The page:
Winter 2014/2015 consists of December 2014, January 2015 and February 2015. It should be noted that while winter officially ends on the 28th February 2015, wintry conditions can continue to occur well into March which is officially a spring month.
WINTER 13/14 REVIEW: To help compare this winter’s forecast to that of the actual conditions of last winter, the following information will be of use; Last winter had a mean UK temperature of +5.2°C which is +1.5°C above the average in what was a very mild winter period. Rainfall totals were equally impressive in terms of being significantly above average with extensive flooding across parts of England and Wales. The winter period was dominating by a relentless amount of North Atlantic low pressures and storm systems that brought exceptionally wet and windy conditions to many areas over many weeks. Frost, ice, snow and wintry conditions in general were all frequently absent through the winter.
FORECAST PRODUCTION: When looking at the potential weather through the coming winter period there are a number of meteorological and climatological variables that are studied. It isn’t possible to discuss them all here, but some of the variables analyzed include; El Nino (ENSO) and general sea temperature patterns, but particularly within the North Atlantic, snow cover over Eurasia through this current autumn period, the state of the QBO and stratospheric conditions plus other variables and indicators.
THE FORECAST: Combining the above information and other information studied, the forecast for the winter is; for temperatures to be slightly below average and for rainfall to be below average.
Temperatures: Slightly below average (between 0.5°C and 1.0°C below average)
Rainfall: Below average (50mm to 100mm below average).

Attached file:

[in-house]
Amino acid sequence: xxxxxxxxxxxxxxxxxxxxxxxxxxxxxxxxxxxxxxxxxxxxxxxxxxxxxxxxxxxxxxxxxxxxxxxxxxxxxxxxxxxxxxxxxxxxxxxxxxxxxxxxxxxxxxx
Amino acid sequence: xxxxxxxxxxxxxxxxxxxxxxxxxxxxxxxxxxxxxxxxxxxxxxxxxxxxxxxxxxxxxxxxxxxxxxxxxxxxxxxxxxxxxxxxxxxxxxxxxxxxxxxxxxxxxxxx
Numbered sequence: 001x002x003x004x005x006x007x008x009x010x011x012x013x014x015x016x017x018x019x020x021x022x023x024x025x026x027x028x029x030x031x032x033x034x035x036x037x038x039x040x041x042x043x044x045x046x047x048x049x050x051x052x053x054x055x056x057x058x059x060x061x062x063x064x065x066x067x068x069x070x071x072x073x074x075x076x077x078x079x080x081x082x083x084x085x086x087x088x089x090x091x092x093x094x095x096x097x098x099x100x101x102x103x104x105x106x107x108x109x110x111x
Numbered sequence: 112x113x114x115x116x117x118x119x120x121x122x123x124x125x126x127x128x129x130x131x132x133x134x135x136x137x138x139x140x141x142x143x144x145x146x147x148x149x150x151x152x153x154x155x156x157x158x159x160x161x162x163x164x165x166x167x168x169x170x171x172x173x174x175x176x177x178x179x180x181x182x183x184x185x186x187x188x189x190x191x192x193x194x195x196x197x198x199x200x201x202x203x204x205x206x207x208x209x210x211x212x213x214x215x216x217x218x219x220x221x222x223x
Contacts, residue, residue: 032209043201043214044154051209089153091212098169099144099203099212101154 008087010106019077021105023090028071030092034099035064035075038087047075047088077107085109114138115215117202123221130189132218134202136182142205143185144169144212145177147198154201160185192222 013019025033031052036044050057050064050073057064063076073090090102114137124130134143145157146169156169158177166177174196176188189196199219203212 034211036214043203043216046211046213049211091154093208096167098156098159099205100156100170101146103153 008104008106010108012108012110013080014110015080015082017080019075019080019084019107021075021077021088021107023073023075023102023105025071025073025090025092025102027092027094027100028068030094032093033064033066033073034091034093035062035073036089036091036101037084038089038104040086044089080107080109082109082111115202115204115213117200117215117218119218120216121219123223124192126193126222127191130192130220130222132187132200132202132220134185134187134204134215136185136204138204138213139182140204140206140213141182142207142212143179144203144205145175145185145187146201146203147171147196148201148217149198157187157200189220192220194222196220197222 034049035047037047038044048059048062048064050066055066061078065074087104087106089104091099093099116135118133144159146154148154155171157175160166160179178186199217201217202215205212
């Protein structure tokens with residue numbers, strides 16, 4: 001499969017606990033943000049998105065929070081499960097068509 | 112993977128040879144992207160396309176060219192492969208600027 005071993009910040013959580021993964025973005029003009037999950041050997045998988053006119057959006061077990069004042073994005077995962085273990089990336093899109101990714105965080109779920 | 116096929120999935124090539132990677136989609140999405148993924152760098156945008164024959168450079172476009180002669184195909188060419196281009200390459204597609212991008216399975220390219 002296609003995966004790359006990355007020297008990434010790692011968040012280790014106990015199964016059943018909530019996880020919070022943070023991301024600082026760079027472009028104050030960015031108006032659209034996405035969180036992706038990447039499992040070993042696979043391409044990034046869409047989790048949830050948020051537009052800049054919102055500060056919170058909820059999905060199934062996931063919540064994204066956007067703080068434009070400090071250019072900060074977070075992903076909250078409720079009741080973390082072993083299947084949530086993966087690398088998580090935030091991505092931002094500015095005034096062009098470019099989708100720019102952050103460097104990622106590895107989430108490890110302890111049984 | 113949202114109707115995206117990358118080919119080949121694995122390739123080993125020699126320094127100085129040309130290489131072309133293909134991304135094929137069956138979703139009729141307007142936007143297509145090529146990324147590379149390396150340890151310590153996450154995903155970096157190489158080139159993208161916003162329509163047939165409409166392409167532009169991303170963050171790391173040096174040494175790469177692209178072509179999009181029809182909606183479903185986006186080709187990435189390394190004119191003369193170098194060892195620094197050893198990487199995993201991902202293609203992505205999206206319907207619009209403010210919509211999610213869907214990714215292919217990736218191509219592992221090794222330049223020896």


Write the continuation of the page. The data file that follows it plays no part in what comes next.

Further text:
FORECAST SUMMARY: There are some distinct signs and signals that the forth coming winter will be a potential opposite to that of what was experienced during last winter. There are a lot of factors that point towards the coming winter producing far less stormy conditions and more in the way of ‘blocking patterns’. These blocking patterns are what are often required through the winter to bring cold weather to the UK and at the moment a colder and drier than average winter is preferred.
At the moment a potential mild start to the winter is expected as we move into early December. However the current expectations are that as the winter progresses the risk of increasingly colder spells will develop and with the first cold spell of weather potentially arriving during the second half of December and with then a risk of cold weather, at times, continuing throughout the remainder of the winter period. Even during the coldest winters milder interludes are possible and these are still expected at times. However, between December and the end of February colder than average conditions are expected overall and especially when compared with last winter, with a much greater frequency of winter weather which includes snow, frosts and below average temperatures.
The winter forecast will be reviewed and analyzed at some point in early March 2015.
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